Adopting a child can be one of the most rewarding and emotionally-fulfilling experiences. It can also be a very complex and stressful undertaking. There is a lot that goes into adopting a child before it becomes official. This article deals specifically with Relative or Kinship Adoption. That is when a relative as defined by statute adopts the child as opposed to the adopting family being chosen through a direct placement agency. Also keep in mind that while most of the requirements I talk about are general, some courts have their own nuances or requirements. An attorney familiar with that court will be able to fill you in on the specifics.
I. Who is a Relative for Purposes of the Adoption
Anyone who is related to the child within the fifth degree either by blood, marriage, or adoption.
II. Where Do I Start the Proceedings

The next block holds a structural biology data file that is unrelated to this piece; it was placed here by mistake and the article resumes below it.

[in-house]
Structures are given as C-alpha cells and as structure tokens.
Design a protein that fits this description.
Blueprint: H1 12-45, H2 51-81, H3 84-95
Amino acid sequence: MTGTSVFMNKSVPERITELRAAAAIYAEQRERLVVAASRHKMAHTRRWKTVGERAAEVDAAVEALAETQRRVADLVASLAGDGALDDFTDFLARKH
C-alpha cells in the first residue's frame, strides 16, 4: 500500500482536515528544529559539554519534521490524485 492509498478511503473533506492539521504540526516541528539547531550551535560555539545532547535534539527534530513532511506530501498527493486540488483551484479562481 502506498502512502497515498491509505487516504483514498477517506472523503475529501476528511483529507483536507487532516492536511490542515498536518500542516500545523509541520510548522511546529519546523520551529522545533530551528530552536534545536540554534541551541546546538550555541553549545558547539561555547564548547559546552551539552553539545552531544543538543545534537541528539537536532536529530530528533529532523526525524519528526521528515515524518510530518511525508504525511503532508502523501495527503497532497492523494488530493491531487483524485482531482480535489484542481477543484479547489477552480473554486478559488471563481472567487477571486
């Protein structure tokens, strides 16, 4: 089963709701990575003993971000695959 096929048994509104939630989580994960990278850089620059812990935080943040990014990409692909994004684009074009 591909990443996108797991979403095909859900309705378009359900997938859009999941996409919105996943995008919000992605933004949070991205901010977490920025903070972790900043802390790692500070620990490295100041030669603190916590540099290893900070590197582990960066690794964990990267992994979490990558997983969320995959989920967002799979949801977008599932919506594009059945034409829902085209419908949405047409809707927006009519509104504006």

You will need to file a petition in the family division of the circuit court where the child resides
III. What Fees Will I Pay
- Filing Fee– $150
- Petition to Identify Father– $20
- Certified Copy of Adoption Order– $10
- New Michigan Birth Certificate– $40
Note: Not all fees apply to every case. You may not have to file to determine the identify of the father and if the child was not born in Michigan, then Michigan cannot issue a new birth certificate.
IV. What Documents Will I Need to File the Petition
- Certified copy of adoptee’s birth certificate
- Certified copy of petitioner’s marriage license
- Certified copy or true copy of Affidavit of Parentage, divorce decree, and/or support order (including modification) involving adoptee
- Certified copy of order appointing guardian, letters of authority, order granting guardian the authority to consent to adopt involving adoptee
- If the biological parent is deceased, a certified copy of the death certificate
- Doctor’s statement regarding physical and mental health of petitioner
- Reference Letters– usually three
- Social History forms
- Adoptee’s Birth Information (for the benefit of the adopted child)
Some counties have their own requirements in addition to the ones required by statute. Here is a sample list of things that some counties require: